• Because NAFTA has already eliminated duties on most qualifying goods and significantly reduced nontariff measures, the USMCA’s emphasis is on reducing remaining nontariff measures on trade and the U.S. economy; addressing other issues that affect trade, such as workers’ rights; harmonizing regulations from country to country; and deterring certain potential future trade and investment barriers.
  • The USMCA would strengthen and add complexity to the rules of origin requirements in the automotive sector by increasing regional value content (RVC) requirements. The USMCA’s requirements on this matter are estimated to increase U.S. production of automotive parts and employment in the sector but also to lead to a small increase in the prices and small decrease in the consumption of vehicles in the United States.
  • The USMCA would establish commitments to open flows of data, which would positively impact a wide range of industries that rely on international data transfers. The agreement would reduce the scope of the investor-state dispute settlement (ISDS) mechanism, a change that, based on modeling results, would reduce U.S. investment in Mexico and would lead to a small increase in U.S. investment at home and output in the manufacturing and mining sectors.
  • Labor standards and rights would be strengthened, if enforced under the USMCA, including those related to collective bargaining in Mexico, which would promote higher wages and better labor conditions in that country.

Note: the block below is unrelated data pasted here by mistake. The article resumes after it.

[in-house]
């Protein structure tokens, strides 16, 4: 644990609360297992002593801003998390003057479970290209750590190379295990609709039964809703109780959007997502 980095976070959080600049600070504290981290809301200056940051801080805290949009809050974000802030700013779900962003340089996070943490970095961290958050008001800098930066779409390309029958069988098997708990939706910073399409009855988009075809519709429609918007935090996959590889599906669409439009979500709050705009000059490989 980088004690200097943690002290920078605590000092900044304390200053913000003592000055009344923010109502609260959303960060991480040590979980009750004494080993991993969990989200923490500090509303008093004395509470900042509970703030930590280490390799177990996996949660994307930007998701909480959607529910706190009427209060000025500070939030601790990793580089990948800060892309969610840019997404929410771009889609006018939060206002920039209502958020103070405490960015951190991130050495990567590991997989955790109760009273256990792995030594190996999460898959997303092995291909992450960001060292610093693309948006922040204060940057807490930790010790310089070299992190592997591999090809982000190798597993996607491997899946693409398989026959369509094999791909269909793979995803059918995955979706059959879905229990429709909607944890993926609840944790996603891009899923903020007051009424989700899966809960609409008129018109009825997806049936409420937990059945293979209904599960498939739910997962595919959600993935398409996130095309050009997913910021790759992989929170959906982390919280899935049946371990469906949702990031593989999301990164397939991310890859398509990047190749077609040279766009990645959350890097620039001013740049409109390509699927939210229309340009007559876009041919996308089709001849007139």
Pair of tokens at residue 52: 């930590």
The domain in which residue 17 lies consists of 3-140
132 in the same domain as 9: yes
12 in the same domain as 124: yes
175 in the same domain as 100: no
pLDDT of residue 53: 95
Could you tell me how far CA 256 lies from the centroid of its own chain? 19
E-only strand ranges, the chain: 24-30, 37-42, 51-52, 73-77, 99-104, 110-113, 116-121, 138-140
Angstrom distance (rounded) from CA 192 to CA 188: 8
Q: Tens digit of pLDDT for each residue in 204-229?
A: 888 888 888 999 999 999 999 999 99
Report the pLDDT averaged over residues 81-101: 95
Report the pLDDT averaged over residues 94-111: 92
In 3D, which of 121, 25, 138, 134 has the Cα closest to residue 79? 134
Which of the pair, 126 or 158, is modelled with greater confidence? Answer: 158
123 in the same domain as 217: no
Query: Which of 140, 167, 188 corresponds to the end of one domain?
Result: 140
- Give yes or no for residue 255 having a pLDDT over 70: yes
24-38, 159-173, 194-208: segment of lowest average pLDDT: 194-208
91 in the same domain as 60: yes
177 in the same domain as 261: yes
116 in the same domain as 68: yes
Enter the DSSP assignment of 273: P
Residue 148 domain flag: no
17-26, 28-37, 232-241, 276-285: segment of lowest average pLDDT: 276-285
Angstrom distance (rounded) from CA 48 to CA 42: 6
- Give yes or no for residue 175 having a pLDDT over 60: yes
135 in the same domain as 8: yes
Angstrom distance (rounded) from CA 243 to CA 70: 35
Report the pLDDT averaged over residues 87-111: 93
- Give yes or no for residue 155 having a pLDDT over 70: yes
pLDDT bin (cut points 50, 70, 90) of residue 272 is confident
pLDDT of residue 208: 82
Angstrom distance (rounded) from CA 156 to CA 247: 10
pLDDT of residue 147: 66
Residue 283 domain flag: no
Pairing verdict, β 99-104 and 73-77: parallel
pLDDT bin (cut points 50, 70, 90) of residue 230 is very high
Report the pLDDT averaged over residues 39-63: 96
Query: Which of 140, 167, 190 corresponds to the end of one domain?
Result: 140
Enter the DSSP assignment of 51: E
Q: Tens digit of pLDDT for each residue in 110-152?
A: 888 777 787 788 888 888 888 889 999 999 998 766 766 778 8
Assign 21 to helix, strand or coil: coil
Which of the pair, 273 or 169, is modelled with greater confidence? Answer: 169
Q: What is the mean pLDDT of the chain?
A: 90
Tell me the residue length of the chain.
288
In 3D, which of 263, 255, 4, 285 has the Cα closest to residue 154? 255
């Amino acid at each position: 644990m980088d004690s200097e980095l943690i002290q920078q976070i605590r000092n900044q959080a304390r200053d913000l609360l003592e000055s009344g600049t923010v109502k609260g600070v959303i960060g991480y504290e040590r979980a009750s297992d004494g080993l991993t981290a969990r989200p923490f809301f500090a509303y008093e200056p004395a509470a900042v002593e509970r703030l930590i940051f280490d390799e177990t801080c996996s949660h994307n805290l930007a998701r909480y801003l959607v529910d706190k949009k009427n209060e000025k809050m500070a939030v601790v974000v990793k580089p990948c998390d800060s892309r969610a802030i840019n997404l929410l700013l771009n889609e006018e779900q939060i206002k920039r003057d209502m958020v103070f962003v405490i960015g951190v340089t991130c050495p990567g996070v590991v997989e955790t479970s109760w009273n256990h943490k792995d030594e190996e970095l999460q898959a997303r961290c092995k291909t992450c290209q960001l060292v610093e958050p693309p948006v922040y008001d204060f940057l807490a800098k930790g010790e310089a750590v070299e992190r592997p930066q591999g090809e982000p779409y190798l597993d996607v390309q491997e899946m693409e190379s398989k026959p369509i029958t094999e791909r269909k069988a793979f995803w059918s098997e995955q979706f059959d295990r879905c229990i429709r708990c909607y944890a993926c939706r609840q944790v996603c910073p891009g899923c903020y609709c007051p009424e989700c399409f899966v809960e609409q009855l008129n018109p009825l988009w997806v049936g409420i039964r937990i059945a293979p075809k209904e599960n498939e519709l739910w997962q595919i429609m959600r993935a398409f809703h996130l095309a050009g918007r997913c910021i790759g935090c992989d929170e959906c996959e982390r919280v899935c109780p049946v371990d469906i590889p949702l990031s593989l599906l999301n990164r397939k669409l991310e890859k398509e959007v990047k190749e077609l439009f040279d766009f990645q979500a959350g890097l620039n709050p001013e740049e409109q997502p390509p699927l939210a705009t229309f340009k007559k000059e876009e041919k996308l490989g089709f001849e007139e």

• New intellectual property rights provisions would increase protections for U.S. firms that rely on intellectual property.


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On November 30, 2018, the United States, Mexico and Canada officially signed the United States-Mexico-Canada Agreement (USMCA), a proposed free trade agreement that, if approved by Congress and ratified by the governments of Canada and Mexico, would revise and modernize the North American Free Trade Agreement (NAFTA). Known as “NAFTA 2.0” during the trilateral negotiations,

On February 27, 2019, Ambassador Robert Lighthizer, U.S. Trade Representative (USTR), testified before the House Ways & Means Committee on U.S.-China trade relations. In his brief opening statement, the ambassador stated that the United States “can compete with anyone in the world but we must have rules – enforced rules – that make sure

In his second State of the Union address to Congress, President Donald Trump noted that he campaigned on several core promises, including “to defend American jobs and demand fair trade for American workers.” He argued that his administration has “moved with urgency and historic speed to confront problems neglected by leaders of both parties over